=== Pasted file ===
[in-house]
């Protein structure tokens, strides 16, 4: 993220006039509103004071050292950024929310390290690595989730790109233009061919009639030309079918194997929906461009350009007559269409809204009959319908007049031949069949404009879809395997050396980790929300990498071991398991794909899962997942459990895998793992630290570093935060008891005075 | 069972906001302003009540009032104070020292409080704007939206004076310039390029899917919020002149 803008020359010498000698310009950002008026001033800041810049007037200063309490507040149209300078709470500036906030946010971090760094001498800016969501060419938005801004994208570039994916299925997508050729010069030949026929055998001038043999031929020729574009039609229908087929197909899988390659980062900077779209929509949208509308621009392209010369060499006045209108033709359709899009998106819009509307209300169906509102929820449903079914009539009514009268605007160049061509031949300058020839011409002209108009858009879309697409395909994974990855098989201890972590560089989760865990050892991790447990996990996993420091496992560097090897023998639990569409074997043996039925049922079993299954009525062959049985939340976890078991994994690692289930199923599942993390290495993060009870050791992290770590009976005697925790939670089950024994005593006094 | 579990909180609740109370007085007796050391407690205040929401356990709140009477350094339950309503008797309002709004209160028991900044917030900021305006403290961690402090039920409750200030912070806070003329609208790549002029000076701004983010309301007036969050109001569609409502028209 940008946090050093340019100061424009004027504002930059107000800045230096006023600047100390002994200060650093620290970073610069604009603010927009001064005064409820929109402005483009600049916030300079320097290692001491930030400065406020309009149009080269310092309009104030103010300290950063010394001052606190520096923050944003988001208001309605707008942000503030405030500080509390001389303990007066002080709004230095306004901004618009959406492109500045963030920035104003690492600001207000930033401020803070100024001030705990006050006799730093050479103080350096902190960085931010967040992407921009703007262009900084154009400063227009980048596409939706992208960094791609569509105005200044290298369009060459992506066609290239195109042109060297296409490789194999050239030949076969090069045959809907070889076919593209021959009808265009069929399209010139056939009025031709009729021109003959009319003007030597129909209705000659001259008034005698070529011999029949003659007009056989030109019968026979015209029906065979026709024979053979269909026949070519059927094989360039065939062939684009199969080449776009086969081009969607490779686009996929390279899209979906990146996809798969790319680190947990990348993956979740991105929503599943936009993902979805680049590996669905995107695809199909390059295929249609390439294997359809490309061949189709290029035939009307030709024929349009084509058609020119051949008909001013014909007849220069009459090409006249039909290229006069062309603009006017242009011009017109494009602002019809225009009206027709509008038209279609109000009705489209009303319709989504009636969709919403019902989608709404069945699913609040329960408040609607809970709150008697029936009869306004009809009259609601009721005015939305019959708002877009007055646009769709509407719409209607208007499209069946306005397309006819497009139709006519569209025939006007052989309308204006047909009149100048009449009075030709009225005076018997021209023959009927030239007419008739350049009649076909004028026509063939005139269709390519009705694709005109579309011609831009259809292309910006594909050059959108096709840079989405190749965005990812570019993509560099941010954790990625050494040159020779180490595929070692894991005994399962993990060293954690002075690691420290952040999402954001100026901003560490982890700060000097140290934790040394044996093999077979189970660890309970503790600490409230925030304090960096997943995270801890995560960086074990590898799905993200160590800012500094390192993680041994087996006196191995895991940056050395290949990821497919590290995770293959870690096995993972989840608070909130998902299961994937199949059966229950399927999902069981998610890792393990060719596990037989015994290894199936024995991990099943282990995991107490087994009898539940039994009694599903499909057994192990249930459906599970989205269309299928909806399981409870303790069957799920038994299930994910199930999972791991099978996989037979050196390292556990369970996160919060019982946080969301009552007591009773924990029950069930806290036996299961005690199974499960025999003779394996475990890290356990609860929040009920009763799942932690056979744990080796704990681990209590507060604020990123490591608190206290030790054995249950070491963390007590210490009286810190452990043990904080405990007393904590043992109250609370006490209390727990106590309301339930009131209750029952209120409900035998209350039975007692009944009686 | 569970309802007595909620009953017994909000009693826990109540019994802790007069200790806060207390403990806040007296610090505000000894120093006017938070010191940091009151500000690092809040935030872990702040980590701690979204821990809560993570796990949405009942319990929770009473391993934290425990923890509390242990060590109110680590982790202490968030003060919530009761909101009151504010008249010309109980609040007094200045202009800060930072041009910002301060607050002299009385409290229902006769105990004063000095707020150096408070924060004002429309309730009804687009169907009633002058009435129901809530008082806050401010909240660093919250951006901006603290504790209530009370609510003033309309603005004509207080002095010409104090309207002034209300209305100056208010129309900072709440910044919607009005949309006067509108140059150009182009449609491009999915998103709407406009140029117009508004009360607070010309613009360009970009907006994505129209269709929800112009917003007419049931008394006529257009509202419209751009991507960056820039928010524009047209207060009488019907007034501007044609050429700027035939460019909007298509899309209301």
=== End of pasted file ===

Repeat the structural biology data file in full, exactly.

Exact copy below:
[in-house]
């Protein structure tokens, strides 16, 4: 993220006039509103004071050292950024929310390290690595989730790109233009061919009639030309079918194997929906461009350009007559269409809204009959319908007049031949069949404009879809395997050396980790929300990498071991398991794909899962997942459990895998793992630290570093935060008891005075 | 069972906001302003009540009032104070020292409080704007939206004076310039390029899917919020002149 803008020359010498000698310009950002008026001033800041810049007037200063309490507040149209300078709470500036906030946010971090760094001498800016969501060419938005801004994208570039994916299925997508050729010069030949026929055998001038043999031929020729574009039609229908087929197909899988390659980062900077779209929509949208509308621009392209010369060499006045209108033709359709899009998106819009509307209300169906509102929820449903079914009539009514009268605007160049061509031949300058020839011409002209108009858009879309697409395909994974990855098989201890972590560089989760865990050892991790447990996990996993420091496992560097090897023998639990569409074997043996039925049922079993299954009525062959049985939340976890078991994994690692289930199923599942993390290495993060009870050791992290770590009976005697925790939670089950024994005593006094 | 579990909180609740109370007085007796050391407690205040929401356990709140009477350094339950309503008797309002709004209160028991900044917030900021305006403290961690402090039920409750200030912070806070003329609208790549002029000076701004983010309301007036969050109001569609409502028209 940008946090050093340019100061424009004027504002930059107000800045230096006023600047100390002994200060650093620290970073610069604009603010927009001064005064409820929109402005483009600049916030300079320097290692001491930030400065406020309009149009080269310092309009104030103010300290950063010394001052606190520096923050944003988001208001309605707008942000503030405030500080509390001389303990007066002080709004230095306004901004618009959406492109500045963030920035104003690492600001207000930033401020803070100024001030705990006050006799730093050479103080350096902190960085931010967040992407921009703007262009900084154009400063227009980048596409939706992208960094791609569509105005200044290298369009060459992506066609290239195109042109060297296409490789194999050239030949076969090069045959809907070889076919593209021959009808265009069929399209010139056939009025031709009729021109003959009319003007030597129909209705000659001259008034005698070529011999029949003659007009056989030109019968026979015209029906065979026709024979053979269909026949070519059927094989360039065939062939684009199969080449776009086969081009969607490779686009996929390279899209979906990146996809798969790319680190947990990348993956979740991105929503599943936009993902979805680049590996669905995107695809199909390059295929249609390439294997359809490309061949189709290029035939009307030709024929349009084509058609020119051949008909001013014909007849220069009459090409006249039909290229006069062309603009006017242009011009017109494009602002019809225009009206027709509008038209279609109000009705489209009303319709989504009636969709919403019902989608709404069945699913609040329960408040609607809970709150008697029936009869306004009809009259609601009721005015939305019959708002877009007055646009769709509407719409209607208007499209069946306005397309006819497009139709006519569209025939006007052989309308204006047909009149100048009449009075030709009225005076018997021209023959009927030239007419008739350049009649076909004028026509063939005139269709390519009705694709005109579309011609831009259809292309910006594909050059959108096709840079989405190749965005990812570019993509560099941010954790990625050494040159020779180490595929070692894991005994399962993990060293954690002075690691420290952040999402954001100026901003560490982890700060000097140290934790040394044996093999077979189970660890309970503790600490409230925030304090960096997943995270801890995560960086074990590898799905993200160590800012500094390192993680041994087996006196191995895991940056050395290949990821497919590290995770293959870690096995993972989840608070909130998902299961994937199949059966229950399927999902069981998610890792393990060719596990037989015994290894199936024995991990099943282990995991107490087994009898539940039994009694599903499909057994192990249930459906599970989205269309299928909806399981409870303790069957799920038994299930994910199930999972791991099978996989037979050196390292556990369970996160919060019982946080969301009552007591009773924990029950069930806290036996299961005690199974499960025999003779394996475990890290356990609860929040009920009763799942932690056979744990080796704990681990209590507060604020990123490591608190206290030790054995249950070491963390007590210490009286810190452990043990904080405990007393904590043992109250609370006490209390727990106590309301339930009131209750029952209120409900035998209350039975007692009944009686 | 569970309802007595909620009953017994909000009693826990109540019994802790007069200790806060207390403990806040007296610090505000000894120093006017938070010191940091009151500000690092809040935030872990702040980590701690979204821990809560993570796990949405009942319990929770009473391993934290425990923890509390242990060590109110680590982790202490968030003060919530009761909101009151504010008249010309109980609040007094200045202009800060930072041009910002301060607050002299009385409290229902006769105990004063000095707020150096408070924060004002429309309730009804687009169907009633002058009435129901809530008082806050401010909240660093919250951006901006603290504790209530009370609510003033309309603005004509207080002095010409104090309207002034209300209305100056208010129309900072709440910044919607009005949309006067509108140059150009182009449609491009999915998103709407406009140029117009508004009360607070010309613009360009970009907006994505129209269709929800112009917003007419049931008394006529257009509202419209751009991507960056820039928010524009047209207060009488019907007034501007044609050429700027035939460019909007298509899309209301």